How the rural vote carried ED back into power

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It was the sheer strength of numbers in rural Zimbabwe that carried Emmerson Mnangagwa to the Zimbabwean presidency following results announced shortly before 1am on Friday.

Mnangagwa‚ nicknamed ‘The Crocodile’‚ was confirmed by the Zimbabwe Electoral Commission (ZEC) as the winner of the vote‚ which took place on Monday.

At a press briefing that started shortly after 10pm‚ Priscilla Chigumba‚ the ZEC chair‚ said that the results from one province were still outstanding – but the commission returned at about 12.30am on Friday morning to make the final announcement.

Chigumba announced that Mnangagwa, the incumbent who replaced ousted leader Robert Mugabe last year, received 2,460,463 of the votes across the country. This was 50.8% of the total vote; just enough to avoid a runoff.

His fiercest rival, Nelson Chamisa of the MDC Alliance, came second, with 2,147,436 (or 44.3%) of the total vote.

“I do hereby declare that the votes by [Mnangagwa] are more than half the number cast in the presidential election. [Mnangagwa] is, therefore, duly declared as elected president of the Republic of Zimbabwe with effect from August 3, 2018,” Chigumba said.

The ruling Zanu-PF was also confirmed to have clinched the majority in Parliament.

While the urban centres of Bulawayo and Harare voted overwhelming for Chamisa, he was trounced in rural Zimbabwe, where most of the country’s population lives.

In the two urban centres, Harare and Bulawayo, Chamisa received more than double the support Mnangagwa could muster. In Harare, the capital, Chamisa received 548,880 votes compared to Mnangagwa’s 204,710. In Bulawayo, the second city, Chamisa got 144,107 votes against Mnangagwa’s 60,168 votes.

Chamisa did claim two rural provinces – Manicaland and Matabeleland North – but not by significant enough margins.

In Manicaland, the MDC Alliance leader got just around 3,500 votes (296,429) more than Mnangagwa (292,938). Even though the victory in Matabeleland North was by a bigger margin – Chamisa got 137,611 votes to Mnangagwa’s 111,453 – it wasn’t enough.

In contrast, The Crocodile had often decisive victories – with ZEC counts showing that he had won in:

Masvingo (Mnangagwa 319,073 votes, Chamisa 171,196 votes);

Mashonaland East (Mnangagwa 334,617 votes, Chamisa 189,024 votes);

Matabeleland South (Mnangagwa 107,008 votes, Chamisa 90,292 votes);

Mashonaland Central (Mnangagwa 366,785 votes, Chamisa 97,097 votes);

Midlands (Mnangagwa 350,754 votes, Chamisa 255,059 votes); and

Mashonaland West (Mnangagwa 312,958 votes, Chamisa 217,732).

Mnangagwa said Friday that he was “humbled” to have won the country’s landmark election, hailing it as a “new beginning”.

“Thank you Zimbabwe! I am humbled to be elected President of the Second Republic of Zimbabwe,” he said in a Twitter message. “Though we may have been divided at the polls, we are united in our dreams. This is a new beginning.”

The MDC Alliance is expected to challenge the results. Before the final announcement, MDC Alliance chairman Morgan Komichi said the results were “fake”, claiming that chief elections had not yet verified the results. Security then escorted him from the stage.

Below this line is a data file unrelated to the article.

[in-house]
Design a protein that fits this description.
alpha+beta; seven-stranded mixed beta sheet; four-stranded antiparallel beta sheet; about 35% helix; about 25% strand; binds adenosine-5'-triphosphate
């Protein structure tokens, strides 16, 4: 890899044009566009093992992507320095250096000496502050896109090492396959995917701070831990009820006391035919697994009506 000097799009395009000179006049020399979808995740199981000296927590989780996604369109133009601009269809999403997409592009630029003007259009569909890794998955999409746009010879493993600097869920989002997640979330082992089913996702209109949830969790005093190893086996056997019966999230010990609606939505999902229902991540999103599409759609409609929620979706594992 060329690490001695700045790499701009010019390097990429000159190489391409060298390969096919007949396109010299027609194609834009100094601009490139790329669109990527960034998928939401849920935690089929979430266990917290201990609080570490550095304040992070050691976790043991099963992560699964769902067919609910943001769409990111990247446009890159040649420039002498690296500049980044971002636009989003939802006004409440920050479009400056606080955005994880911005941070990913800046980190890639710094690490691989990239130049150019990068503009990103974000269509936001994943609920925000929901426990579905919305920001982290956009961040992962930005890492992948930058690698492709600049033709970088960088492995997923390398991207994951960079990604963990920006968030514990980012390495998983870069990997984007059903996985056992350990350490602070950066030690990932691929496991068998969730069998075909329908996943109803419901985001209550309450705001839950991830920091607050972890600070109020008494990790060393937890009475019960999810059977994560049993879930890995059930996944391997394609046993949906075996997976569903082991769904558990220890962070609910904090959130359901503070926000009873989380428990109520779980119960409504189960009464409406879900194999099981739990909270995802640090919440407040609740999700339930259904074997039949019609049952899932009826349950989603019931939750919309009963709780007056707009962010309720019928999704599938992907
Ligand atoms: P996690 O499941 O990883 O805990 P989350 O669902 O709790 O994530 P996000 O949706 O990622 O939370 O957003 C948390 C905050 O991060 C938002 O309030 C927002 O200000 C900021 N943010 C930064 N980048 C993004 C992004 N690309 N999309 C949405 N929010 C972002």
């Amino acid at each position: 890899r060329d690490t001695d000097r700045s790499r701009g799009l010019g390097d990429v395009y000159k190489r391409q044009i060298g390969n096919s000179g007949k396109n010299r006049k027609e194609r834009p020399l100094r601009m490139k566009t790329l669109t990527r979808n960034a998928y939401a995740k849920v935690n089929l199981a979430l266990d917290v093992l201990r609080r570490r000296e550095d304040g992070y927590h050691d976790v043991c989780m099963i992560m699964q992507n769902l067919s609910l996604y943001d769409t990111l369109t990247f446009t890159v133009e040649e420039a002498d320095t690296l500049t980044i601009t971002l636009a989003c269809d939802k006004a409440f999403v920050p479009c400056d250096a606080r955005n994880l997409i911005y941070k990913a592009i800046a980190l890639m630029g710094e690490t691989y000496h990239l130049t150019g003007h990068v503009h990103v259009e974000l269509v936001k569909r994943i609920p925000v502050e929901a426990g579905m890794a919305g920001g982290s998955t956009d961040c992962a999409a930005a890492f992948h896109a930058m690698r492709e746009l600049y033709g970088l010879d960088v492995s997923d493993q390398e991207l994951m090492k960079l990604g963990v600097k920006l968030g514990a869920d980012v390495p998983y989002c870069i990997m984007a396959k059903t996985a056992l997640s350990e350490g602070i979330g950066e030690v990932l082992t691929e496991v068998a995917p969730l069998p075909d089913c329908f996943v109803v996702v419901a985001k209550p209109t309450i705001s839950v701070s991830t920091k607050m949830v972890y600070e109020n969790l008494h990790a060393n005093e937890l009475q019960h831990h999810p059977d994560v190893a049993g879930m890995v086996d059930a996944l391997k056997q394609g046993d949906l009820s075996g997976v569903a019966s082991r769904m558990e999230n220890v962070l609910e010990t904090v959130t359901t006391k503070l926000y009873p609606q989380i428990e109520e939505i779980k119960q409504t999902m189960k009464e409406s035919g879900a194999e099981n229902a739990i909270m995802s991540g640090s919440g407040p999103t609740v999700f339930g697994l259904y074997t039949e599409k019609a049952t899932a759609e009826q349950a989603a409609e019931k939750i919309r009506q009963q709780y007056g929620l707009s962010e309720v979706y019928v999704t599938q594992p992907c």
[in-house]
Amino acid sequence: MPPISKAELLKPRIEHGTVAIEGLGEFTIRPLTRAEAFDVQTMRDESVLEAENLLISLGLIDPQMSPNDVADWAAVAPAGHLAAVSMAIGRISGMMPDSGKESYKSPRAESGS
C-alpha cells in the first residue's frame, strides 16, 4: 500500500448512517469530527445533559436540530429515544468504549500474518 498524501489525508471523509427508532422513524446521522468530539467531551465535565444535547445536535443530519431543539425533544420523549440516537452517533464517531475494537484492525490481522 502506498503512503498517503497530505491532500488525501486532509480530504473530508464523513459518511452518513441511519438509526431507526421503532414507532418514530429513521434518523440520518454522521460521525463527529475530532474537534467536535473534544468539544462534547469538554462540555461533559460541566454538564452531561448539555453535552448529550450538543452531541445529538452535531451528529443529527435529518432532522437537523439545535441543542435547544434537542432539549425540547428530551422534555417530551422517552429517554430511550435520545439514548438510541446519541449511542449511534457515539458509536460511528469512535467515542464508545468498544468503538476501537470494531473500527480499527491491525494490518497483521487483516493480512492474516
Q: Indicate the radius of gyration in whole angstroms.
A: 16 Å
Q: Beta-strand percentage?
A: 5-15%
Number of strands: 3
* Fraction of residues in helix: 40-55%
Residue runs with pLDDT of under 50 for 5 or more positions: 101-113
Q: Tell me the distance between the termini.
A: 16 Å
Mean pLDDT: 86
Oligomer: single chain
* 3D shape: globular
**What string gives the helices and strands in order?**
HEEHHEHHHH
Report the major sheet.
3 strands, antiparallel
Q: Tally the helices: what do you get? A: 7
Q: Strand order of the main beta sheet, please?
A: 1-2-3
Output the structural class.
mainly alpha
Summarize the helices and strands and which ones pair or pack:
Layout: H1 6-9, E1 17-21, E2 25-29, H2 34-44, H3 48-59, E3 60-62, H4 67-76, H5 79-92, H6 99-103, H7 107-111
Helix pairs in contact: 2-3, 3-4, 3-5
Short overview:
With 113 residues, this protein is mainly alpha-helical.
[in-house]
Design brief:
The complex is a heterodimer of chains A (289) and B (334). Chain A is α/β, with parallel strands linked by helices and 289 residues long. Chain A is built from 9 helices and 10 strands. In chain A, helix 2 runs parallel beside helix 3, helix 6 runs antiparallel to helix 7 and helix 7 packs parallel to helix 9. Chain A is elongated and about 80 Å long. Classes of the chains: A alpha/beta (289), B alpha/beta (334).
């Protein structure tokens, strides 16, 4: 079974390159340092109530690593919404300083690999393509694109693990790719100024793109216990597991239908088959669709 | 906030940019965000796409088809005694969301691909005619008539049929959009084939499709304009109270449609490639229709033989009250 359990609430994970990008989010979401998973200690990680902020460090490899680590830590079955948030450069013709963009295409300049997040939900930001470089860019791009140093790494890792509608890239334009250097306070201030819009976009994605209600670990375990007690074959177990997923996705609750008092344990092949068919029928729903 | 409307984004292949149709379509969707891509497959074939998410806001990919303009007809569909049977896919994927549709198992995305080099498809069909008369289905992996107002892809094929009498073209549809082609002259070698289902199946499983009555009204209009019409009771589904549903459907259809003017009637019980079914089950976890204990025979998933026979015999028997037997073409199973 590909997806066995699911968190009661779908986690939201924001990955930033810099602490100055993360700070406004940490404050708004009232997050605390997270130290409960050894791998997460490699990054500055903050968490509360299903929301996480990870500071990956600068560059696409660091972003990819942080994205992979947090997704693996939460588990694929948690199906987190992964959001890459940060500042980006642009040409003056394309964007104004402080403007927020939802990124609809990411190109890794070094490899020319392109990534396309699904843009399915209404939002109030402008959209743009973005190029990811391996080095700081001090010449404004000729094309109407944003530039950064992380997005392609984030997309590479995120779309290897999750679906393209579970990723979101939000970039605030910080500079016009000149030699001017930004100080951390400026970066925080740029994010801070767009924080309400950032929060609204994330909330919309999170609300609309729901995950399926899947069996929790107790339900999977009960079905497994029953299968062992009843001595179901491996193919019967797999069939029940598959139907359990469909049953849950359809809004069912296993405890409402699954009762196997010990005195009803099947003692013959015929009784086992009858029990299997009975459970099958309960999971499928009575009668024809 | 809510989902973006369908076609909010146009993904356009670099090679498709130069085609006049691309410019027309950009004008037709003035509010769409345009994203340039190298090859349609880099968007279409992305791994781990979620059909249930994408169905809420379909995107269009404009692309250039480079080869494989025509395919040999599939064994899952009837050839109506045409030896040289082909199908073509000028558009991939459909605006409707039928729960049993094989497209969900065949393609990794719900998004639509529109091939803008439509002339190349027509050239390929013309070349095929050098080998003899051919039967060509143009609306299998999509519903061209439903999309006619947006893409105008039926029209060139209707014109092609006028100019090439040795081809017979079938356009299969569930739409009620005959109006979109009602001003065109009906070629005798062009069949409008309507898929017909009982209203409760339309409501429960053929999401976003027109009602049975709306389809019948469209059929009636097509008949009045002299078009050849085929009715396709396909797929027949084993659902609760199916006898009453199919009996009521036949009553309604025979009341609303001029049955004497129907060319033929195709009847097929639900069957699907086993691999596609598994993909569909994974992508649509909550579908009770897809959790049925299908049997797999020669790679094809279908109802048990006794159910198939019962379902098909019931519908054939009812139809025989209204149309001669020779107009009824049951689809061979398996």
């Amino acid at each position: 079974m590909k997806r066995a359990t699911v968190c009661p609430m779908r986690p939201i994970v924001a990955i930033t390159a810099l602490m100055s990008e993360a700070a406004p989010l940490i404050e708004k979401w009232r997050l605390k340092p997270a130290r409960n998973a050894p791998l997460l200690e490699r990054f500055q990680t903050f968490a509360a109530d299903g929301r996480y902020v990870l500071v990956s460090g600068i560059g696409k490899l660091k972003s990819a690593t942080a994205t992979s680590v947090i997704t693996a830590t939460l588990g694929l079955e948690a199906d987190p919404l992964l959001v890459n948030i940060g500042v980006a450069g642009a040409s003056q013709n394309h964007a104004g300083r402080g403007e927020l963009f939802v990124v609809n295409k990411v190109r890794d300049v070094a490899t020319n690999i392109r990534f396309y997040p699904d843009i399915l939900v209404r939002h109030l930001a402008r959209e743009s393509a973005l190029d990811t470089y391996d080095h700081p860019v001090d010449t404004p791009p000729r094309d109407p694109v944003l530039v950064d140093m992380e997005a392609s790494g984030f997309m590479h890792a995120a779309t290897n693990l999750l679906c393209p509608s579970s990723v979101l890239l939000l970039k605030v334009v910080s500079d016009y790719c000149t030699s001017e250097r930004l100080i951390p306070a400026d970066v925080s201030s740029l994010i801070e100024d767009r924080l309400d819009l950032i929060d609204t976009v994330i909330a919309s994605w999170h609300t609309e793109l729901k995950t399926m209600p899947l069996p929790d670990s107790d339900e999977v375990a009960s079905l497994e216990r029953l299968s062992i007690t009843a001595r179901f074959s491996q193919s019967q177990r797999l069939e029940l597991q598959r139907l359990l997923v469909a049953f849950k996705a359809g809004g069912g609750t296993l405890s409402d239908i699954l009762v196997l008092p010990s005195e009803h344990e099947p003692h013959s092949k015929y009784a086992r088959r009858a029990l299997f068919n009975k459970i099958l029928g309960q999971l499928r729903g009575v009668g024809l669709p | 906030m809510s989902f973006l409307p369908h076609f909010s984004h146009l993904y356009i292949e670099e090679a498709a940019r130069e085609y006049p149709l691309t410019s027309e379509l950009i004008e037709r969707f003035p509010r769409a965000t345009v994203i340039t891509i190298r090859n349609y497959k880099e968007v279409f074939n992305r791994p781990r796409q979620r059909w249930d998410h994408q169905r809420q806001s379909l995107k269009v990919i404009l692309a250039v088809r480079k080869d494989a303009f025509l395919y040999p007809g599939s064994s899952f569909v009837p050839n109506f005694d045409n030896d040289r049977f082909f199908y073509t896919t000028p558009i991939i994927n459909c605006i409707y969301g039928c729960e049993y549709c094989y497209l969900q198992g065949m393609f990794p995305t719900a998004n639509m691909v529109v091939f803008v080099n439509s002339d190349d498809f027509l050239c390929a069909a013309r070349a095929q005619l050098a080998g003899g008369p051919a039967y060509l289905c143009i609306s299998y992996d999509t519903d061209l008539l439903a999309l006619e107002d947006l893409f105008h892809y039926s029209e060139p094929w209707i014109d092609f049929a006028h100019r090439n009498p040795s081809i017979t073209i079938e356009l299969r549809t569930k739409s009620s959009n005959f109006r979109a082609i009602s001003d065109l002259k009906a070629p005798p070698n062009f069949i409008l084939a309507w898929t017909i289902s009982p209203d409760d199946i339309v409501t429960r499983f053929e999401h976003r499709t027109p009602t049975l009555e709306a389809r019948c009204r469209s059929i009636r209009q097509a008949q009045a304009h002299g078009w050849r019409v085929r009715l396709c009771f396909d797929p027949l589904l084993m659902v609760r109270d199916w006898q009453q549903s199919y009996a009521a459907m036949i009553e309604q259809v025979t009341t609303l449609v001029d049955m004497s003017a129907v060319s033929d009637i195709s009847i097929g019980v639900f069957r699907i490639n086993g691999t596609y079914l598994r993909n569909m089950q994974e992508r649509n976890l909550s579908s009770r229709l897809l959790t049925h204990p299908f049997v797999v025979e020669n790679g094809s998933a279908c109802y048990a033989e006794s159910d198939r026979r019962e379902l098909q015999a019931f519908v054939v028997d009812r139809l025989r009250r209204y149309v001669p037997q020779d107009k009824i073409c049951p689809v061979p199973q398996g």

Earlier, Chamisa questioned the independence of the judiciary, saying he was reluctant to go to court to challenge the results, saying this would be “going into the lion’s den”.

Deep rifts

The election, the first since the army’s removal of 94-year-old Mugabe, passed off relatively smoothly but its aftermath revealed the deep rifts in Zimbabwean society and the instinctive heavy-handedness of the security forces.

On Wednesday, troops backed by armoured vehicles and a military helicopter were sent in to crush demonstrations by stone-throwing opposition supporters who said Mnangagwa’s Zanu-PF party had rigged the elections.

Six people were killed as soldiers, some with their faces obscured by camouflage masks, opened fire with automatic weapons. The following day, soldiers ordered civilians off the streets of the capital, despite calls from foreign governments and international organisations for calm and for political leaders to show restraint.

Wednesday’s crackdown by the army crushed the last vestiges of euphoria that followed its removal of Mugabe in November and fuelled suspicions that the generals who launched the coup remained Zimbabwe’s de facto rulers.

“Deployment of troops reveals the uncomfortable truth that, eight months after Mugabe was ousted, the army remains the pre-eminent political force,” said Piers Pigou, a Zimbabwe expert at the International Crisis Group think-tank.

The election was supposed to confirm the legitimacy of the post-Mugabe government and allow Harare to renew ties with the international community. This in turn would have allowed it to start unlocking the donor funding and investment needed to get its economy — at independence, one of Africa’s most vibrant — back on its feet.

Instead, observers from the Commonwealth, a group of mainly former British colonies that Mnangagwa had hoped to rejoin, did not mince words in condemning the military’s conduct.

“We categorically denounce the excessive use of force against unarmed civilians,” former Ghanaian president John Mahama said on behalf of the Commonwealth. The United Nations and European Union both urged restraint, while Britain, a supporter of the “new” post-Mugabe Zimbabwe, said it was “deeply concerned” by the violence.

China said however it believed the election had generally been orderly.

Mnangagwa offered his condolences to families of the victims of the crackdown and said those responsible would be brought to justice.